This time last year I was, potentially, dying. (Spoiler: I didn’t!)
All of us who are alive are always potentially dying, of course, which is why hypochondria and seatbelts exist. But when you’re really sick, your narrative shifts. You’re either in a story about how you lived, or you’re in one about how you died, and for the majority of the pages you won’t know which kind of story it is.
This is a story about how I did not die, yet.
There’s an accepted communal narrative about how one should behave when one is potentially dying, especially if you’re young for it. You should be strong and cheerful, and the people around you will be appropriately inspired. You should still be sad and vulnerable sometimes, though, because you aren’t a sociopath, or if you are you should try to keep hiding it. You should talk about how you’re fighting, how you’re not going to give up, how you will be a survivor.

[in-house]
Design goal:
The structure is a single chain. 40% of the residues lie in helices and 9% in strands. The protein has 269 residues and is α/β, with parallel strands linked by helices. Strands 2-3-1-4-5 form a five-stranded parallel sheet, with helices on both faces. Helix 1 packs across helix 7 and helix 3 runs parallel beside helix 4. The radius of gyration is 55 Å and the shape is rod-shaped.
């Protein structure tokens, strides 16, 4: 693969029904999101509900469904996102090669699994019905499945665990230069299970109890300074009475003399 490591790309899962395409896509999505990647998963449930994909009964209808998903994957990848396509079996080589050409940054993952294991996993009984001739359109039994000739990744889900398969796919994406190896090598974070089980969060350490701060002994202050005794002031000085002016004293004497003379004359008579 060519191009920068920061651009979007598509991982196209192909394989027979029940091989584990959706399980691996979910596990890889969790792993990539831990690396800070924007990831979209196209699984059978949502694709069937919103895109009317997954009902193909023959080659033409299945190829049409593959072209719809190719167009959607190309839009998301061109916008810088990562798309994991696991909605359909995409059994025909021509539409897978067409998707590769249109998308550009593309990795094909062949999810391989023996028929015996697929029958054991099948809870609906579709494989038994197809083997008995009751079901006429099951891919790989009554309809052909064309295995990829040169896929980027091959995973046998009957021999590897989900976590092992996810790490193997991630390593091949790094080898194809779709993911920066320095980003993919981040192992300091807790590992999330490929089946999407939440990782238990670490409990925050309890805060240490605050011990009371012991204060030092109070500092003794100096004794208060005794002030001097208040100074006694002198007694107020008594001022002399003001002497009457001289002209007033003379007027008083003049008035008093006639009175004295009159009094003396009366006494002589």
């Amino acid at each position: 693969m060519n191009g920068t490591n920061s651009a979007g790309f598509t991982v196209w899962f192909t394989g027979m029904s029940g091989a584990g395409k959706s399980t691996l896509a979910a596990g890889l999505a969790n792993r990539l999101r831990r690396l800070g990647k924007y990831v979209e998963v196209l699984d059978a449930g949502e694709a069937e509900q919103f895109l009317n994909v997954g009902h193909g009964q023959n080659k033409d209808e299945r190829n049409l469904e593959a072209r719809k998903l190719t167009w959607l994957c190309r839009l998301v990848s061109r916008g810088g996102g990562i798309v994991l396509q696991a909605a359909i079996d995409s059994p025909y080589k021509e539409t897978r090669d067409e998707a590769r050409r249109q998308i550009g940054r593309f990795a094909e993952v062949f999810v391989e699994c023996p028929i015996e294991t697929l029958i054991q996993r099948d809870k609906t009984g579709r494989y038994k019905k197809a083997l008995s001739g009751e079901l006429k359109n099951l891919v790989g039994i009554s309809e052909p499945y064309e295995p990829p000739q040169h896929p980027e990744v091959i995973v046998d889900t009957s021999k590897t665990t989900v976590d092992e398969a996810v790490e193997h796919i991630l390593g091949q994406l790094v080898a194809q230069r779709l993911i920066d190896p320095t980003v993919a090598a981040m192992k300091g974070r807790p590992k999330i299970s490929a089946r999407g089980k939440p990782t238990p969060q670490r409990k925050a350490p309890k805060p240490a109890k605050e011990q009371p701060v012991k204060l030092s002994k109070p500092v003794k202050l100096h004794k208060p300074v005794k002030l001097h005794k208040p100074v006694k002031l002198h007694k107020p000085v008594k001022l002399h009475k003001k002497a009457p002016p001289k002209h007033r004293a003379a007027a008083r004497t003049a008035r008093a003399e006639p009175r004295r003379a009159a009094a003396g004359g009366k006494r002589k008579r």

One of the things I learned about cancer, in that first week after I knew I had it, was that nowadays you get to be a cancer survivor whether you actually end up dying or not. The social programs you can participate in are called survivor services; your clinic and treatment information is packaged as a survivor care plan; the tips you get for handling your life during chemo are survivorship skills.
I’m the kind of smartass who generally distrusts anything with a slogan, but I actually liked being indoctrinated as a survivor. It made me feel less like I was embarking on some hellish competition with my fellow patients, in which we would either claim the title or get labelled as runners up if we, y’know, kicked it.
But let me admit something I didn’t really say while I was sick: I’m not a fighter. I didn’t fight my cancer. I didn’t always think I was going to survive. The thing I was actually always thinking was that odds were decent I wouldn’t.